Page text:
Pest control is the objective and reason we’re allowed to shoot quarry deemed vermin but there’s no denying the sporting element that attracts us all. However, they also offer fun and practice on the range and ammunition is cheap compared to its larger centrefire types. For our purposes, sub-sonic, hollow point ammo (around 1000 fps) is the best bet. You will of course need a moderator and there are plenty to choose from that won’t break the bank and when fitted makes for a very covert firearm. You can also get medium, high and hyper-velocity loads, but these are louder and often not as accurate as the slower stuff.

Although rabbits are often the main target for the rimfire hunter, they aren’t by any means the only pests suited to it, as it’s very effective for dealing with crows and other corvids. Place bait out at 50, 60 or 70yds and shoot from a concealed shooting position such as a hide or off-road vehicle and you’re a silent threat to any corvid foolish enough to think they’ve found a free meal. And what of the times you encounter the fox on your morning or nightly rounds. Though to some a contentious subject, the .22LR is enough gun to cope with Charlie at sensible ranges but a precisely placed headshot is needed.

There are other calibre choices with both 17 and 22 Magnum cartridges that give considerably more power than a 22 Long Rifle and are a better bet for foxes. You can even get switch barrel rifles that allow the use of more than one calibre, such as CZ’s 455 and Sako’s QUAD.

There are also the few times that you may need to tackle Charlie on land not passed for a centrefire but is rimfire approved. These can become havens for foxes because the local dedicated foxers don’t or indeed can’t patrol these areas. However, be skilled and proficient in marksmanship, as you should be, and it’s the ideal tool for the job.

Effective Killing Range:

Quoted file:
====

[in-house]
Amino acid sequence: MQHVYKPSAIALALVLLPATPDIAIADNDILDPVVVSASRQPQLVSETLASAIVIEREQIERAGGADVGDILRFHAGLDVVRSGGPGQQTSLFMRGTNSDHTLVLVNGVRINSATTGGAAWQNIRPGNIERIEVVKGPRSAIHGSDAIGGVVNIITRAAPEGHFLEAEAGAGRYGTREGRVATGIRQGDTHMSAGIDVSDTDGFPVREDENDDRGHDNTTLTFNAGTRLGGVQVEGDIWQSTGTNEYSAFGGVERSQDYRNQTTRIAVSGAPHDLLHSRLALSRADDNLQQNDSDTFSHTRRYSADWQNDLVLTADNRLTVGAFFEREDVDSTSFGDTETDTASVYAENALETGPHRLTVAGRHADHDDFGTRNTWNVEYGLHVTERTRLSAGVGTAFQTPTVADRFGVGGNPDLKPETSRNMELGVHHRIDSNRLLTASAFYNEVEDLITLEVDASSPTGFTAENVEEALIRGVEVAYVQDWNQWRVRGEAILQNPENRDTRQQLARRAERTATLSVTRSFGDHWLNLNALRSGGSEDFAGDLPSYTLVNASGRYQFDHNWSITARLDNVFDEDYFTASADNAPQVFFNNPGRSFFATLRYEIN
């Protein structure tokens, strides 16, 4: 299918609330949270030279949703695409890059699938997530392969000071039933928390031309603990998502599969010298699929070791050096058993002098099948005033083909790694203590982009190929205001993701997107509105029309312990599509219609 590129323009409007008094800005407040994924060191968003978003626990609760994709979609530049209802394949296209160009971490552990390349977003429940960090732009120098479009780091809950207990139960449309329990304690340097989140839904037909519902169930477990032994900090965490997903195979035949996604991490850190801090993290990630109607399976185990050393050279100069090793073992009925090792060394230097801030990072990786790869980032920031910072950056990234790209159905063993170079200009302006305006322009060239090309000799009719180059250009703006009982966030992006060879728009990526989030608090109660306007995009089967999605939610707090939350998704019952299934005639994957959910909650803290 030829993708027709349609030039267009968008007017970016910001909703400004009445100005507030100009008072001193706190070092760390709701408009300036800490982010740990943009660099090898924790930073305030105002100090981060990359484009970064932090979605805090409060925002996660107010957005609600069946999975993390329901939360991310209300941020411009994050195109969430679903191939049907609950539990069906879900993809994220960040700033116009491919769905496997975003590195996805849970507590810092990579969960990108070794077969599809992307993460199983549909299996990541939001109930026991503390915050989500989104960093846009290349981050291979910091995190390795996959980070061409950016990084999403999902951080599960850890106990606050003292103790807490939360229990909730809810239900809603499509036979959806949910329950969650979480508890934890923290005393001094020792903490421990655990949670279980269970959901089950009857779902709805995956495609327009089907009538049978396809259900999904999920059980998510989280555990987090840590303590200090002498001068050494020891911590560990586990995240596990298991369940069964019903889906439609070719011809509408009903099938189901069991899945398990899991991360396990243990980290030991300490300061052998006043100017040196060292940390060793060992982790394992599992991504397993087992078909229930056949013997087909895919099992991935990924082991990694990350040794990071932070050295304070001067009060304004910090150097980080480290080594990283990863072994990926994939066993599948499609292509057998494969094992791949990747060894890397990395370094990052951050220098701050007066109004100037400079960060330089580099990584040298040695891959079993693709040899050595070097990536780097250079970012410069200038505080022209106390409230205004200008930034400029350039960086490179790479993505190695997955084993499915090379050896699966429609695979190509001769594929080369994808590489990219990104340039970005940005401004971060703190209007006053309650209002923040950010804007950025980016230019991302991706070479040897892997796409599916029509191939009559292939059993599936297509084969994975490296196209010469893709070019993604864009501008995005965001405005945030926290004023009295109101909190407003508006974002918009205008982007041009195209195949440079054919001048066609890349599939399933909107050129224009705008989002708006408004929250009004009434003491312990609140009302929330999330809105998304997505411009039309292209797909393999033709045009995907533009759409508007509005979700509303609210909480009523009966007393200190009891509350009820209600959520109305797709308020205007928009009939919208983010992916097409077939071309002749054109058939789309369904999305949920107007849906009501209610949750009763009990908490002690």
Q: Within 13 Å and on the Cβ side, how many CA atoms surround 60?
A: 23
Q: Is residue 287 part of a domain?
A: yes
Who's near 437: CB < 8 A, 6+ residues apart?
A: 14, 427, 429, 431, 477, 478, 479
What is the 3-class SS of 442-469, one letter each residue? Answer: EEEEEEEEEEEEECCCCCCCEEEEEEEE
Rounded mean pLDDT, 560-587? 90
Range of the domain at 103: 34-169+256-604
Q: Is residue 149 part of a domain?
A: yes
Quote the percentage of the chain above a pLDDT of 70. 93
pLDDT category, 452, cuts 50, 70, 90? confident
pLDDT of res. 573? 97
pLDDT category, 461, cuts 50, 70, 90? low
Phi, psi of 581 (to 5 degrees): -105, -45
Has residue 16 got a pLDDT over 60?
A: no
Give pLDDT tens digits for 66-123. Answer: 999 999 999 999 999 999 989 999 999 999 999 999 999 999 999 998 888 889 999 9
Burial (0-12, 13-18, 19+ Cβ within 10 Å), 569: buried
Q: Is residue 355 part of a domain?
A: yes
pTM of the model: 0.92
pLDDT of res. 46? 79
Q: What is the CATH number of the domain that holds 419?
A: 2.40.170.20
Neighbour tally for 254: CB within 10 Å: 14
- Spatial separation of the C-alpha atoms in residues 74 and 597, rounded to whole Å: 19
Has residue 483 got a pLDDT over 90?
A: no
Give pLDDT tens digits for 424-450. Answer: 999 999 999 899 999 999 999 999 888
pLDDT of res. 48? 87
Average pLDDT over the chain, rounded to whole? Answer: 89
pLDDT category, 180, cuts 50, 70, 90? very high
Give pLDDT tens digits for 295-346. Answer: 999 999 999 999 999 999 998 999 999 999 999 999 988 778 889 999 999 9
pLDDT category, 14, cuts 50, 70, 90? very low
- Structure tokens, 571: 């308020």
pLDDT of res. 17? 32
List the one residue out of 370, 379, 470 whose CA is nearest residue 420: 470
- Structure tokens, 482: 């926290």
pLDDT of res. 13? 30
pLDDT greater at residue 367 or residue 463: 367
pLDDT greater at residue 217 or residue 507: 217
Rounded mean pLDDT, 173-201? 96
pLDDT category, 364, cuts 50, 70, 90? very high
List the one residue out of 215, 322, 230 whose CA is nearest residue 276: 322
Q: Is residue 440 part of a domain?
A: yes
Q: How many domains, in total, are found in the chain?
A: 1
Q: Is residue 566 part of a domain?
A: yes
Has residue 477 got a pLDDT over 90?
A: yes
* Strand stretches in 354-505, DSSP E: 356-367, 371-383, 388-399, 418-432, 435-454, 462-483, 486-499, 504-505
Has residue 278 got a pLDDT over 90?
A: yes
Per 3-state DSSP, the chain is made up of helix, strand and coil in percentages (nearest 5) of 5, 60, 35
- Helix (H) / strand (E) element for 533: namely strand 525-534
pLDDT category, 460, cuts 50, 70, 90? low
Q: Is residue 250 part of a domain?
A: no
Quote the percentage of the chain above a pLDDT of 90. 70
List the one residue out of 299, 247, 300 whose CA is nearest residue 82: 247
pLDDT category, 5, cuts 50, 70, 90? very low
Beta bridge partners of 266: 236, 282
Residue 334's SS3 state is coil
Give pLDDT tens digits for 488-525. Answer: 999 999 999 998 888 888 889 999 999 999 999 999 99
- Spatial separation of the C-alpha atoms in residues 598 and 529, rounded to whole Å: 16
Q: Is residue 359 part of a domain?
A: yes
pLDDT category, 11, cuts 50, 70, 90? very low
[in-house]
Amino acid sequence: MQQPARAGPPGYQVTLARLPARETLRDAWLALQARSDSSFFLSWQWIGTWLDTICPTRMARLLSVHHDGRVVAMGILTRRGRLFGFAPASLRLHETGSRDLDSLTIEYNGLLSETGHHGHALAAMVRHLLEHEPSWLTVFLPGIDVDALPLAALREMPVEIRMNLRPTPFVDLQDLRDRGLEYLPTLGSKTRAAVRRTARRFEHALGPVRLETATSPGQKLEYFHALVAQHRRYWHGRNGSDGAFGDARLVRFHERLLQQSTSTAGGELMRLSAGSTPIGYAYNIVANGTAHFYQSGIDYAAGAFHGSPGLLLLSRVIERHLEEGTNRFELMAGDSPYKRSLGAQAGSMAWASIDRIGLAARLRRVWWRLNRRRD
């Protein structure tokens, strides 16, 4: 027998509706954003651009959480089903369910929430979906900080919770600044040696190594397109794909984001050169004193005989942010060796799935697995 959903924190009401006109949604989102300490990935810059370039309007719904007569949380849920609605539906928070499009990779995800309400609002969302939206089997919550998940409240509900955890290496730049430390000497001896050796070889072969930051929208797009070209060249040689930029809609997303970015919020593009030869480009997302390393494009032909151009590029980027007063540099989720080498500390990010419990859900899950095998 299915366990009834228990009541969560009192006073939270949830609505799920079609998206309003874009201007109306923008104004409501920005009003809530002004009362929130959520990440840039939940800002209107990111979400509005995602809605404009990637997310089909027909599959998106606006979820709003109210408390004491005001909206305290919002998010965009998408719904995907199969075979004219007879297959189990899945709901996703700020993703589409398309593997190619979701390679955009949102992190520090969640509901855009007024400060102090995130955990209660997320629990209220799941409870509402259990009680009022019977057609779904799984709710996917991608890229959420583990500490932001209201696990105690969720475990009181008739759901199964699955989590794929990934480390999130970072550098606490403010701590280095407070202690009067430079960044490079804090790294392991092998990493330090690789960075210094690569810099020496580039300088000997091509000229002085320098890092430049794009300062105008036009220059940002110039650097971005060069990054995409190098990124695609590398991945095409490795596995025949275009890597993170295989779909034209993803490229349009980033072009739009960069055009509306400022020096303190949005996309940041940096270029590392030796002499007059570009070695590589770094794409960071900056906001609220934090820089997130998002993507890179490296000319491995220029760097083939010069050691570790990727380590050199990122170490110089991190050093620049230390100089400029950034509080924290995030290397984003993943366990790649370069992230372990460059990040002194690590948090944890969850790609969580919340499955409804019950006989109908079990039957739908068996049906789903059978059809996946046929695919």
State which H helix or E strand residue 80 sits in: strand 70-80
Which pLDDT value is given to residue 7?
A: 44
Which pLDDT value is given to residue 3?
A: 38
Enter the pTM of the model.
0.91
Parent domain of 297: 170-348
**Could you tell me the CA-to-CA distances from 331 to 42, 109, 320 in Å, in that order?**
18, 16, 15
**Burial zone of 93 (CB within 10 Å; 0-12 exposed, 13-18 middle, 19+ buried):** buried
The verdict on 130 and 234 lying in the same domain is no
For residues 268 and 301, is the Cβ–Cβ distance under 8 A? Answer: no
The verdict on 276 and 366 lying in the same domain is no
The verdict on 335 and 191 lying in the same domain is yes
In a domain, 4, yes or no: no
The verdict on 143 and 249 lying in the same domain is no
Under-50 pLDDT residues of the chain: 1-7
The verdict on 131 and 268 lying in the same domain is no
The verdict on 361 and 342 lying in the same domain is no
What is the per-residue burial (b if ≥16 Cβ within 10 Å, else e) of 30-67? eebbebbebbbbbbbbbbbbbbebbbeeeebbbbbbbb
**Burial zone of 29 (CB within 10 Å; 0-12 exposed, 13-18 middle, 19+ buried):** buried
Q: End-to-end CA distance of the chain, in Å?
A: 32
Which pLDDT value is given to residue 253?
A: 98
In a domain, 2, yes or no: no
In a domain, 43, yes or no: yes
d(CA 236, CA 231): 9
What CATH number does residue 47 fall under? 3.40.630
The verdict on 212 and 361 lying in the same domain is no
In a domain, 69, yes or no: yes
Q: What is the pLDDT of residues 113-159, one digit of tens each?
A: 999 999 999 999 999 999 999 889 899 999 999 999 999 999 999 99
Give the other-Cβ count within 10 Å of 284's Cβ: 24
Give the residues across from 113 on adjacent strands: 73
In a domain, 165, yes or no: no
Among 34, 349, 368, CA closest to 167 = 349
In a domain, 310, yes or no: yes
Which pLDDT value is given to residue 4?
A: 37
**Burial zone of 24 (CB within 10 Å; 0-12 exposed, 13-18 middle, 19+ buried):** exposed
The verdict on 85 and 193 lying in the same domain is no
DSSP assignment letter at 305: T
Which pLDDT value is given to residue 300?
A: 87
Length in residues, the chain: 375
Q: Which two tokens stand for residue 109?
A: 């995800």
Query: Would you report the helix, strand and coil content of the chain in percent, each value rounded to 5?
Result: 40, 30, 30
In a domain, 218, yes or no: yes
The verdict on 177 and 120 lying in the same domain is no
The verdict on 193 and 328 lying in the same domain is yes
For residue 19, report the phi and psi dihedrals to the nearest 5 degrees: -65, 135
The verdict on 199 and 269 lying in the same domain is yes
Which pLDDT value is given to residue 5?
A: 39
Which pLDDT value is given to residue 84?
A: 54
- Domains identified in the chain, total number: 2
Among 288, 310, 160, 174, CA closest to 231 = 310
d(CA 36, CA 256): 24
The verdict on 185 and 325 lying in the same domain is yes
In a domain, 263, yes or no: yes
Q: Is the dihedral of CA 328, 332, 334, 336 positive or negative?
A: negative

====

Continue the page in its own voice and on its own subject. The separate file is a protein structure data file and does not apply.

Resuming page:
Out to 100 yds approximately

Plus Points:
  • A silenced rimfire is the most efficient tool; especially with an NV scope for night work
  • Ammo is not that costly and there’s a wide range of sub-sonic available
  • Good choice of action types to suit all needs
  • More powerful rimfire options
  • Longer effective range
Minus points
  • Can sometimes be ‘too much gun’ for the job in hand
  • Restricted to angle of fire
  • Higher ricochet factor
  • A solid backstop behind the target is far more important than with any air rifle
  • Semi-autos can be ammo-sensitive

Conclusions

If you are content to hunt at 12 ft/lbs, then there’s no point going ‘into FAC territory.’ Then again; if you want to broaden your shooting horizons and experience air rifle hunting to the absolute ‘max’ and eventually move into firearms shooting disciplines, then go for it.

But consider this: Many firearm shooters see little use for the FAC power air rifle but ironically realise a quality off ticket 12 ft/lb air gun will fit nicely in their armoury and broaden their ‘shooting experiences.’ Our Editor (Pete Moore) uses a 30 ft/lb FX Wildcat, as he says that for certain pest control situations it’s a better and safer bet than a rimfire. He also runs an HW110 12 ft/ lb gun and he equally likes that!